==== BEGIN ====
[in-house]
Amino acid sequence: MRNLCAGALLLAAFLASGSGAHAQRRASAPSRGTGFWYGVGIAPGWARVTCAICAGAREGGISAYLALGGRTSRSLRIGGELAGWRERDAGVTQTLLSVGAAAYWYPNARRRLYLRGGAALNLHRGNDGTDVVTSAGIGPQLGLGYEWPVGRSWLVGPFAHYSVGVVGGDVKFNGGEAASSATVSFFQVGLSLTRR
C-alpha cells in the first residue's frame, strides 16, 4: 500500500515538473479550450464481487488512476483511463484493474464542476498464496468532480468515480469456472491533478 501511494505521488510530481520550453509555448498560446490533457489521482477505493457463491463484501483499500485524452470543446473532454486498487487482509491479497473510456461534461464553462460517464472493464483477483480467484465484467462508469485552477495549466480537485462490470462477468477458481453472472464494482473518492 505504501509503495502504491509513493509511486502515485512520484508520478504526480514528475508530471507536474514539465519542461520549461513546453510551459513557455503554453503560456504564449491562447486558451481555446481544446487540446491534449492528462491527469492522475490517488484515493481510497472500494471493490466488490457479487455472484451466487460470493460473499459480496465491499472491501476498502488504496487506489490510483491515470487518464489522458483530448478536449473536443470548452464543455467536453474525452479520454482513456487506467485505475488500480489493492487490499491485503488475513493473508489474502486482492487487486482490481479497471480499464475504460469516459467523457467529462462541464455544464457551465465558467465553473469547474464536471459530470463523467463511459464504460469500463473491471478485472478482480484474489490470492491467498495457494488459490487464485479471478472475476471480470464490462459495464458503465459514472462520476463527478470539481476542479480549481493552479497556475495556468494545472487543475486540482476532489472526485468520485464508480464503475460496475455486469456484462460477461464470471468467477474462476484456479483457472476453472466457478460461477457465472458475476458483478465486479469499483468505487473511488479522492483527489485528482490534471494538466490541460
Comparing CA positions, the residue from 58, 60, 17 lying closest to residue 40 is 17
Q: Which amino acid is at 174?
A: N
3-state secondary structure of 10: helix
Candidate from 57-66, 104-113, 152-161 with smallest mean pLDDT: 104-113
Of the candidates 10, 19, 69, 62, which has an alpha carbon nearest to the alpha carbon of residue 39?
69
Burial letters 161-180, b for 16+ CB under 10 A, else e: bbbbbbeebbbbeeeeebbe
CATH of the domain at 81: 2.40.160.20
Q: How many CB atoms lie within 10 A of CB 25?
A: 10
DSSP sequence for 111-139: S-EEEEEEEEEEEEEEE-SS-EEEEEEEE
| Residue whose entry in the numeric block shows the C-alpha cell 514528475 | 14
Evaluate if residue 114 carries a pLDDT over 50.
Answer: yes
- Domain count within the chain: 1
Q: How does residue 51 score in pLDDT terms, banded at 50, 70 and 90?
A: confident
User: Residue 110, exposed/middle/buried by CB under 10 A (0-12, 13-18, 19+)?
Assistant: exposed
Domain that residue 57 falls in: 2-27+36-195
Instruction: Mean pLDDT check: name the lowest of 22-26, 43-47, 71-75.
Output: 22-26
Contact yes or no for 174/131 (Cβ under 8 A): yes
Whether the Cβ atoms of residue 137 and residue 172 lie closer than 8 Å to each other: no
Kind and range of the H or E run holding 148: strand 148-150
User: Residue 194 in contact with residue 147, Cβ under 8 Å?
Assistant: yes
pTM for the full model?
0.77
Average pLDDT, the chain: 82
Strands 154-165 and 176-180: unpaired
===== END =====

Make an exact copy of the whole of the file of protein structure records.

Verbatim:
[in-house]
Amino acid sequence: MRNLCAGALLLAAFLASGSGAHAQRRASAPSRGTGFWYGVGIAPGWARVTCAICAGAREGGISAYLALGGRTSRSLRIGGELAGWRERDAGVTQTLLSVGAAAYWYPNARRRLYLRGGAALNLHRGNDGTDVVTSAGIGPQLGLGYEWPVGRSWLVGPFAHYSVGVVGGDVKFNGGEAASSATVSFFQVGLSLTRR
C-alpha cells in the first residue's frame, strides 16, 4: 500500500515538473479550450464481487488512476483511463484493474464542476498464496468532480468515480469456472491533478 501511494505521488510530481520550453509555448498560446490533457489521482477505493457463491463484501483499500485524452470543446473532454486498487487482509491479497473510456461534461464553462460517464472493464483477483480467484465484467462508469485552477495549466480537485462490470462477468477458481453472472464494482473518492 505504501509503495502504491509513493509511486502515485512520484508520478504526480514528475508530471507536474514539465519542461520549461513546453510551459513557455503554453503560456504564449491562447486558451481555446481544446487540446491534449492528462491527469492522475490517488484515493481510497472500494471493490466488490457479487455472484451466487460470493460473499459480496465491499472491501476498502488504496487506489490510483491515470487518464489522458483530448478536449473536443470548452464543455467536453474525452479520454482513456487506467485505475488500480489493492487490499491485503488475513493473508489474502486482492487487486482490481479497471480499464475504460469516459467523457467529462462541464455544464457551465465558467465553473469547474464536471459530470463523467463511459464504460469500463473491471478485472478482480484474489490470492491467498495457494488459490487464485479471478472475476471480470464490462459495464458503465459514472462520476463527478470539481476542479480549481493552479497556475495556468494545472487543475486540482476532489472526485468520485464508480464503475460496475455486469456484462460477461464470471468467477474462476484456479483457472476453472466457478460461477457465472458475476458483478465486479469499483468505487473511488479522492483527489485528482490534471494538466490541460
Comparing CA positions, the residue from 58, 60, 17 lying closest to residue 40 is 17
Q: Which amino acid is at 174?
A: N
3-state secondary structure of 10: helix
Candidate from 57-66, 104-113, 152-161 with smallest mean pLDDT: 104-113
Of the candidates 10, 19, 69, 62, which has an alpha carbon nearest to the alpha carbon of residue 39?
69
Burial letters 161-180, b for 16+ CB under 10 A, else e: bbbbbbeebbbbeeeeebbe
CATH of the domain at 81: 2.40.160.20
Q: How many CB atoms lie within 10 A of CB 25?
A: 10
DSSP sequence for 111-139: S-EEEEEEEEEEEEEEE-SS-EEEEEEEE
| Residue whose entry in the numeric block shows the C-alpha cell 514528475 | 14
Evaluate if residue 114 carries a pLDDT over 50.
Answer: yes
- Domain count within the chain: 1
Q: How does residue 51 score in pLDDT terms, banded at 50, 70 and 90?
A: confident
User: Residue 110, exposed/middle/buried by CB under 10 A (0-12, 13-18, 19+)?
Assistant: exposed
Domain that residue 57 falls in: 2-27+36-195
Instruction: Mean pLDDT check: name the lowest of 22-26, 43-47, 71-75.
Output: 22-26
Contact yes or no for 174/131 (Cβ under 8 A): yes
Whether the Cβ atoms of residue 137 and residue 172 lie closer than 8 Å to each other: no
Kind and range of the H or E run holding 148: strand 148-150
User: Residue 194 in contact with residue 147, Cβ under 8 Å?
Assistant: yes
pTM for the full model?
0.77
Average pLDDT, the chain: 82
Strands 154-165 and 176-180: unpaired